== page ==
Two astronauts working outside the International Space Station Wednesday installed a European Space Agency data relay antenna and connected four of six cables to partially power a new ESA experiment platform. They also removed two solar array handling fixtures to clear the way for a future power system upgrade.
The Falcon 9 booster that launched four astronauts toward orbit last weekend arrived back on Florida’s Space Coast Thursday aboard a SpaceX drone ship, sailing into Port Canaveral with a lean but otherwise in seemingly good shape after it apparently slid across the ship’s deck in high winds and rough seas. Assuming post-flight inspections reveal no major issues, SpaceX aims to reuse the booster to launch the next Crew Dragon mission in 2021.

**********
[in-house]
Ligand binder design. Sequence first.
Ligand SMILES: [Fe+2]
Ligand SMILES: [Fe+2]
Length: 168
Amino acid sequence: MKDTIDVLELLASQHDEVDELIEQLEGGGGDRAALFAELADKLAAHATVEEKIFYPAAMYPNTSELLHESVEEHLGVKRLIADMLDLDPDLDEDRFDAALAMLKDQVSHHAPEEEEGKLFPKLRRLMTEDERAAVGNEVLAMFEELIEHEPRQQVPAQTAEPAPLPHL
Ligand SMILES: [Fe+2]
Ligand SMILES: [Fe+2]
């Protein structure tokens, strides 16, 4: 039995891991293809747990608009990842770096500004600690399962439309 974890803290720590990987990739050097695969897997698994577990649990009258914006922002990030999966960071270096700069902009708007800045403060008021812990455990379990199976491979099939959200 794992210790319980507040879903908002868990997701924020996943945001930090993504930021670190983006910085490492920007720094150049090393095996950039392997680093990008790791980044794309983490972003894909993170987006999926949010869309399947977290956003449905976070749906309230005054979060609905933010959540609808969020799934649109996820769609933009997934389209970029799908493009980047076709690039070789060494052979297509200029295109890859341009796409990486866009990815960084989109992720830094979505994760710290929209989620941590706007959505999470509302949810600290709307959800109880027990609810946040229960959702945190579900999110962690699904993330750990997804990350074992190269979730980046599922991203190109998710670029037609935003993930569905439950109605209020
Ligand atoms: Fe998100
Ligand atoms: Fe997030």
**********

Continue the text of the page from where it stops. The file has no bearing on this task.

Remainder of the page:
Originally expected to take off Saturday, the launch of SpaceX’s first operational Crew Dragon mission was delayed to Sunday because of expected high winds at the Kennedy Space Center and weather off-shore where the Falcon 9 rocket’s first stage will attempt to land on a SpaceX droneship. The company plans to re-use the booster for the next Crew Dragon flight.
The four astronauts preparing to ride SpaceX’s Crew Dragon “Resilience” into orbit climbed aboard their spaceship Thursday at the Kennedy Space Center in a practice run for a launch to the International Space Station planned Saturday night, while mission managers monitored weather and sea conditions in recovery areas across the Atlantic Ocean.